All parents not just homeschooler’s need to take an active role in teaching their children how to interact and communicate in society. I have had moms ask me the question about socialization while their “socialized public schooler” has her face buried in a phone in an attempt to avoid any and all interaction. It is our responsibility as parents to teach our children how to behave through dialouge and by modeling the correct behavior. The issue of socialization needs to be addressed by all parents not just those who homeschool which is why I find this question so frustrating. Perhaps, the reason today’s society struggles so much with “appropriate” behavior is because the vast majority of children are not being taught by their parents how to behave and communicate.

I am confident that my children are learning how to behave in society and that they will one day be productive adults. Each one of my children is able to make friends, communicate with people of all ages and they all behave well in public. To be honest this is a realtively easy thing to instill in children who are homeschooled because we do not have the issue of peer pressure to deal with and thank goodness. Are homeschoolers unsocialized? No they are not, this is simply a misconception and a negative stereotype often used to undermine the decision to break away and take a different path in educating our children. Instead of undermining eachother lets have a real dialouge where we discuss and learn from eachother how to raise children into productive members of society. That is a conversation worth having!

 

 

 

 

 

Christmas Shopping on a Budget

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This time of year can be stressful for families as Christmas alone can create a bit of a financial burden. Even families like my own who keep things simple and work with a tight budget can feel that pinch. Every year my husband receives a bonus the second week of December and we use this bonus to not only help with Christmas expenditures but also to catch up on bills. This year the bonus has been delayed and at this point in time we are unsure if the bonus will be given out at all. This situation has definitely made things more difficult but I refuse to allow this bump in the road to derail my Christmas spirit.

I had to adjust my Christmas list a bit and I added a few more homespun gifts into the mix to help make our budget stretch. I hit my local Once Upon a Child ( children’s resale shop) where I found quite a few gifts for my little ones which has helped with my budget. If you are feeling the pinch this Christmas and you are worrying about how to make gifts happen for your kids I encourage you to check out your local resale shops. It is amazing what you can find when you dig a little, for instance, I found a beautiful doll chair for my daughter. This chair is  made from solid wood and after a quick swipe of furniture polish this second hand piece is like new and I know my daughter will enjoy it for many years to come. I found this chair on the back of a shelf covered in dust with a $10 price tag. I found similar chairs online priced for $90 so this was a great deal. I also found unopened packages of Shopkin sets for $2.00 which again is an amazing price.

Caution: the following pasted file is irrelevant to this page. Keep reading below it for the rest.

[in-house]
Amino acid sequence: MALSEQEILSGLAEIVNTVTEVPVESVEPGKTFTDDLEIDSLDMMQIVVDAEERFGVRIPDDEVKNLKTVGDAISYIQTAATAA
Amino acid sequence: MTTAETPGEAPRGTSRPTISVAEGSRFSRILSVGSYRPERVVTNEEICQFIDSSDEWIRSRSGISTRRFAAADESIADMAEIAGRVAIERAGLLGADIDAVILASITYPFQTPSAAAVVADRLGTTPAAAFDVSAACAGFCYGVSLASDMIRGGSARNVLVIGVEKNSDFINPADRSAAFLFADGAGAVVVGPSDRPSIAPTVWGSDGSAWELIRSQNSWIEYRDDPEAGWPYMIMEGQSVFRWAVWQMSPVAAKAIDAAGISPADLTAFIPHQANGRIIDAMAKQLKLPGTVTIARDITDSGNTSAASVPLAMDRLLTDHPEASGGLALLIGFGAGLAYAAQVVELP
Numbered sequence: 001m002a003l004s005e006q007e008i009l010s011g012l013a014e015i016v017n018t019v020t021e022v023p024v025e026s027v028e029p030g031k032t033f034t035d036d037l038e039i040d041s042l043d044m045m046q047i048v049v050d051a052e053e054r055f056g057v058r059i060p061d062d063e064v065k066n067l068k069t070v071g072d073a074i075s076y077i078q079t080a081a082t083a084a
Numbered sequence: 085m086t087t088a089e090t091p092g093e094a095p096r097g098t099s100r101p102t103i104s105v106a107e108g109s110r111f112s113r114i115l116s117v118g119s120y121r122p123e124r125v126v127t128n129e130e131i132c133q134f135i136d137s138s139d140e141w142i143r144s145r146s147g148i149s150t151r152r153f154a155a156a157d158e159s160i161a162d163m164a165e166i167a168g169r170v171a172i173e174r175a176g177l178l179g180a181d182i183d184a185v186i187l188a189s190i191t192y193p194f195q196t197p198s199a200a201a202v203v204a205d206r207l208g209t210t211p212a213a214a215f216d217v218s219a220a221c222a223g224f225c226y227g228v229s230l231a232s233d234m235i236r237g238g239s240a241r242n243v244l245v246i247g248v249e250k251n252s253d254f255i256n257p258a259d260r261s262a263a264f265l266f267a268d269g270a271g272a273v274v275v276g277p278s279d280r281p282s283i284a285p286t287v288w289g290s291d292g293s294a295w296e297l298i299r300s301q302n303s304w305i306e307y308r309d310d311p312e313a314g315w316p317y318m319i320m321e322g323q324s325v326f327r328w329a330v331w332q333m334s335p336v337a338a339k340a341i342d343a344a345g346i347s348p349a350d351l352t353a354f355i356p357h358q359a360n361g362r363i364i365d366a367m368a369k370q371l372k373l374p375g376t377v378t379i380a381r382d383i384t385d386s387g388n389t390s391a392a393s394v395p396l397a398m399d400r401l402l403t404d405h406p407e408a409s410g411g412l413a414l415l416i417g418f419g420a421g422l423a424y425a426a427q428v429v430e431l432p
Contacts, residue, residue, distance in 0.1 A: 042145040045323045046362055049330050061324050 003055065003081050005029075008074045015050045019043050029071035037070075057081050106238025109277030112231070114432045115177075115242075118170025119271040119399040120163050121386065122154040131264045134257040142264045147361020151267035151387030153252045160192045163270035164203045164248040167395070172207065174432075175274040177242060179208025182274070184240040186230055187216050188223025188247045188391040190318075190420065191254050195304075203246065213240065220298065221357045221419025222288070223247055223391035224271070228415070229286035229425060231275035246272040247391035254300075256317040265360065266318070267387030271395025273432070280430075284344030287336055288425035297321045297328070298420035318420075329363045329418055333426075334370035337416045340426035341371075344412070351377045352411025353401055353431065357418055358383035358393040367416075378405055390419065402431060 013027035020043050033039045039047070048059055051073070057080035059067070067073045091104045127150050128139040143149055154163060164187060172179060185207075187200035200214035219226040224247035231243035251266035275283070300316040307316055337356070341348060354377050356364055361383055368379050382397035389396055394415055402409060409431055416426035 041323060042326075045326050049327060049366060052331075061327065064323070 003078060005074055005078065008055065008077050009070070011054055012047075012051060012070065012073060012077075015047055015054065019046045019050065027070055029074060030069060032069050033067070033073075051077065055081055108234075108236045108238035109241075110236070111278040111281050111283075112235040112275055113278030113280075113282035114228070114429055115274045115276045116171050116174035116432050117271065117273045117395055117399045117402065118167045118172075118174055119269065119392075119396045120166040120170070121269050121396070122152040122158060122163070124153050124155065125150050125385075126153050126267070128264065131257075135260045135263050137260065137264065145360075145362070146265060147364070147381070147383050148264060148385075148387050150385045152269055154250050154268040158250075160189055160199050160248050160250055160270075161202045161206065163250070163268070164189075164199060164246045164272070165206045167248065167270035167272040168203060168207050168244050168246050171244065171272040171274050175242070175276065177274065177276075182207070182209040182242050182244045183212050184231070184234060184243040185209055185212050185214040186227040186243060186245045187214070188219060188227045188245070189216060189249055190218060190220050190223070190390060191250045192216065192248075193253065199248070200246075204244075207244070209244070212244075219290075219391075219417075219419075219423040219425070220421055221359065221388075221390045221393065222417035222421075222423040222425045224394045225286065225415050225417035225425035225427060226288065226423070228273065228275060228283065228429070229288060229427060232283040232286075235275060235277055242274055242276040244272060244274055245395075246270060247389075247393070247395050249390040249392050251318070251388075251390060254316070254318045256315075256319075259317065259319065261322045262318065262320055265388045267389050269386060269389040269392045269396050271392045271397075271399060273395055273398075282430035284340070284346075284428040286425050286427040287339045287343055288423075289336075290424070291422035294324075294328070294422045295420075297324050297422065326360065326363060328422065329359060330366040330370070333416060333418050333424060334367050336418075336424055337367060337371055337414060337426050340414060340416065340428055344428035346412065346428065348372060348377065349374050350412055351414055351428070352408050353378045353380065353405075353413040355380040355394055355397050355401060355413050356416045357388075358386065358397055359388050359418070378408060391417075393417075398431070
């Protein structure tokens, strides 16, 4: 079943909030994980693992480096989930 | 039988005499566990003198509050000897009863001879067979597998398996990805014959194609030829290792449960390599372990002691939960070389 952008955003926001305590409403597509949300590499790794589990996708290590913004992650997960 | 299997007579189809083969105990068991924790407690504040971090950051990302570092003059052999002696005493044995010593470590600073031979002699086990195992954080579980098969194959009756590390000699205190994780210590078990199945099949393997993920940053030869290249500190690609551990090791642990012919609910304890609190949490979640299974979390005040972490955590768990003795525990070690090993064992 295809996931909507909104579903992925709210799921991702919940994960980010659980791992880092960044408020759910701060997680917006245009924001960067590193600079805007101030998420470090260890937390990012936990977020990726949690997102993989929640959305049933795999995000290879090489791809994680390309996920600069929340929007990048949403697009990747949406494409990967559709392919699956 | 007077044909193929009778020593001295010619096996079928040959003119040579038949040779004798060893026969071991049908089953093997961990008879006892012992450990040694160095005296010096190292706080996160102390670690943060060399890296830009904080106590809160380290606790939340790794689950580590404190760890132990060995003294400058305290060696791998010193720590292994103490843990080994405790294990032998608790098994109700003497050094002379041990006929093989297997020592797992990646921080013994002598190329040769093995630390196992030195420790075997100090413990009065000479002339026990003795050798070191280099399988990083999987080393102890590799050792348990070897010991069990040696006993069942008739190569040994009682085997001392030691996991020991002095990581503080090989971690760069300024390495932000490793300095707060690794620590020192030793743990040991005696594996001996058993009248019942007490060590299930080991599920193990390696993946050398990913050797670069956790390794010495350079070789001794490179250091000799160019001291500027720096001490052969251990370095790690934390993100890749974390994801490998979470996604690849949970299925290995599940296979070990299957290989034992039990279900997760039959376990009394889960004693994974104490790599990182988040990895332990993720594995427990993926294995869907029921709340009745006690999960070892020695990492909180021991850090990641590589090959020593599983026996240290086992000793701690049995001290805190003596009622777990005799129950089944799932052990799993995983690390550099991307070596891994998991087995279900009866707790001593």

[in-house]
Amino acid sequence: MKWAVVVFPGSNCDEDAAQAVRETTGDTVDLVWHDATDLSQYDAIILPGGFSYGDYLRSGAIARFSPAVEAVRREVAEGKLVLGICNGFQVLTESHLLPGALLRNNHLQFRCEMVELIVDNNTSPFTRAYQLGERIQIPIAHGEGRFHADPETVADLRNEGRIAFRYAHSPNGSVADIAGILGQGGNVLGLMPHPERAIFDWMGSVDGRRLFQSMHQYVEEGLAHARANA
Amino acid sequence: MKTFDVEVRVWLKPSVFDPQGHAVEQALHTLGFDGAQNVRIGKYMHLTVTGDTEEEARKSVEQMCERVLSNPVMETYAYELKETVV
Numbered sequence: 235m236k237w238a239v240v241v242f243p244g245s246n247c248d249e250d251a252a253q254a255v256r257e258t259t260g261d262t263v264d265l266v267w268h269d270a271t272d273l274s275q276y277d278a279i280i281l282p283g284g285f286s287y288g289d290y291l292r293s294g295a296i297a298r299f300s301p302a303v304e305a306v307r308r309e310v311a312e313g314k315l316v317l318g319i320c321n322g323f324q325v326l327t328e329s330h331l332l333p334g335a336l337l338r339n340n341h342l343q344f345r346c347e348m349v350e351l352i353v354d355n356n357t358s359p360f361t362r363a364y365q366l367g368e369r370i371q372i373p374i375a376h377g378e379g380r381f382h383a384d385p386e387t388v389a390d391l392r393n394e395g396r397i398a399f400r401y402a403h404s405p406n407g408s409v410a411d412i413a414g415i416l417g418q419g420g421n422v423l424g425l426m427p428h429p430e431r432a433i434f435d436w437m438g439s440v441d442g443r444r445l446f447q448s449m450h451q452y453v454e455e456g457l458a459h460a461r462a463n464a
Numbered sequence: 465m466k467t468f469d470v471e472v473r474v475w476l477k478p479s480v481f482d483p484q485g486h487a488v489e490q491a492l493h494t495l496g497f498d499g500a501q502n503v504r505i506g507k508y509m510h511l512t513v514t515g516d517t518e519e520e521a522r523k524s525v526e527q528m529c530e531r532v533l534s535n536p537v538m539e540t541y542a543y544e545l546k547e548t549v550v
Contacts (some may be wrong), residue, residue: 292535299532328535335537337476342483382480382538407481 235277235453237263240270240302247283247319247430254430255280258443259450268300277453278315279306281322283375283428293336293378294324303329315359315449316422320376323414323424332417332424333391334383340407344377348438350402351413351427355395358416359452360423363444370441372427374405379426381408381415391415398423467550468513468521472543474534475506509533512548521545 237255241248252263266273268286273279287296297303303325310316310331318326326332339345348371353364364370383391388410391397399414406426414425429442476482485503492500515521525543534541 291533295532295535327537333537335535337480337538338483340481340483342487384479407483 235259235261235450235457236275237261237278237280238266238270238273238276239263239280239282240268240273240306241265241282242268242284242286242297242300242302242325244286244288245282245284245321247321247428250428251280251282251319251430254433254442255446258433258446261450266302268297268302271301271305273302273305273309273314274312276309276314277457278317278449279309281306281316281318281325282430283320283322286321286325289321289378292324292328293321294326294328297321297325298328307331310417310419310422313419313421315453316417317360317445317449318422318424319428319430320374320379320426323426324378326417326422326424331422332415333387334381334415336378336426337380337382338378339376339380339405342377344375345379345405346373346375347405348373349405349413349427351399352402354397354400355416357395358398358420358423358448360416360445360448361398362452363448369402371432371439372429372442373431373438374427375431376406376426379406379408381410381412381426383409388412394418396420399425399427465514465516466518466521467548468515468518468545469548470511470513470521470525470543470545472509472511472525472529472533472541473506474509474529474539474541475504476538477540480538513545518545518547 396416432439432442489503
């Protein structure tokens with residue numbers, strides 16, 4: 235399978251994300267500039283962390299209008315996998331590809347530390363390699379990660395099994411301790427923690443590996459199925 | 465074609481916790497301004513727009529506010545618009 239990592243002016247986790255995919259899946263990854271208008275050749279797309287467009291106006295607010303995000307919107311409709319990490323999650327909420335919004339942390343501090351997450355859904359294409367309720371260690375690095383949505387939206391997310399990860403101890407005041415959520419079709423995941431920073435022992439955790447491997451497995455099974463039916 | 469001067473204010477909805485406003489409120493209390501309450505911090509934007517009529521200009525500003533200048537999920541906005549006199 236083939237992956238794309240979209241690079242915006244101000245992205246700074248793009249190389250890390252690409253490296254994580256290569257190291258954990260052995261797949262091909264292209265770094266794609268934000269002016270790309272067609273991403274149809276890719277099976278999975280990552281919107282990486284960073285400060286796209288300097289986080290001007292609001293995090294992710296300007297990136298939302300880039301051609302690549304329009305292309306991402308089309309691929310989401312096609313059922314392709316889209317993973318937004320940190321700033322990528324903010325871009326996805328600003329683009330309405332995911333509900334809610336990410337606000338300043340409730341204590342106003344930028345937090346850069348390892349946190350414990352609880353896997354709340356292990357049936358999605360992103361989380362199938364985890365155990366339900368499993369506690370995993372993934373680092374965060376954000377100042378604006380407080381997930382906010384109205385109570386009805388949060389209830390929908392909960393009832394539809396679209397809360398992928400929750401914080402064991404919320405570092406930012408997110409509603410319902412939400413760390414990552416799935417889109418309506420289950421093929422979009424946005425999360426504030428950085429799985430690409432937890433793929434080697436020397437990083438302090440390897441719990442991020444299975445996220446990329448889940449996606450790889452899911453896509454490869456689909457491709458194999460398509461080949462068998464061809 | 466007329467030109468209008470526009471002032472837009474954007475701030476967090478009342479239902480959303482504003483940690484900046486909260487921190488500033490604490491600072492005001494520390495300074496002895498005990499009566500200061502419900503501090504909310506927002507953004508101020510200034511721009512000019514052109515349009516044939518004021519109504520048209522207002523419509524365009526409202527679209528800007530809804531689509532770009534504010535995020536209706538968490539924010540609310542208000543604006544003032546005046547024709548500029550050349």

I think that a lot of people overlook the value in secondhand stores for Christmas presents but you can find a lot of gently used items at great prices. Over the years my kids have received these items and they have loved them just as much as the brand new store items. Another great way to keep your Christmas budget on track is to make some of your gifts by hand. This year I am crocheting hats and scarves for my kids and I know they are going to love them. Over they years I have crocheted, sewed and put together gift baskets of baked goods and they have always been appreciated. In fact these gifts tend to be my favorite to give because so much love goes into making them just right.

Don’t let financial stress steal your Christmas spirit. It doesn’t matter how much money you spend or what fancy new toy is under the tree. In the end what matters most is sharing the true meaning of Christmas with the ones we love the most. It’s the memories we make with our friends and family that are the greatest gifts of all and the ones that will be the most treasured.

 

 

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How do you handle financial stress around the holidays?

Cookie School

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I know that I have mentioned this before but one way to get kids excited about learning is to incorporate food. I love getting my kids in the kitchen because there are so many learning opportunities available. Reading, writing, and arithmetic can all be taught while preparing fun meals and/or baking scrumptious desserts. I have unofficially enrolled my kids in “Cookie School” without them being aware that our baking sessions have really been learning labs. Here is how “Cookie School” works for us…

•First I present a recipe for them to read and then I ask them to write down the ingredients required.

•Once the ingredients have been written down they work together to collect the ingredients and bring them to the table.

•I will present the kids with the measuring tools they will need but I never give them the exact measuring cup. Instead, I will give them a 1/3 cup and 1/4 tsp. The reason I do this is so they have to use their math skills to determine how to turn the 1/3 cup into a cup and the 1/4 tsp into a full tsp. ( I switch up the measurements with each recipe)

•Then they will prepare the recipe according to the written instructions and preheat the oven for the cookies.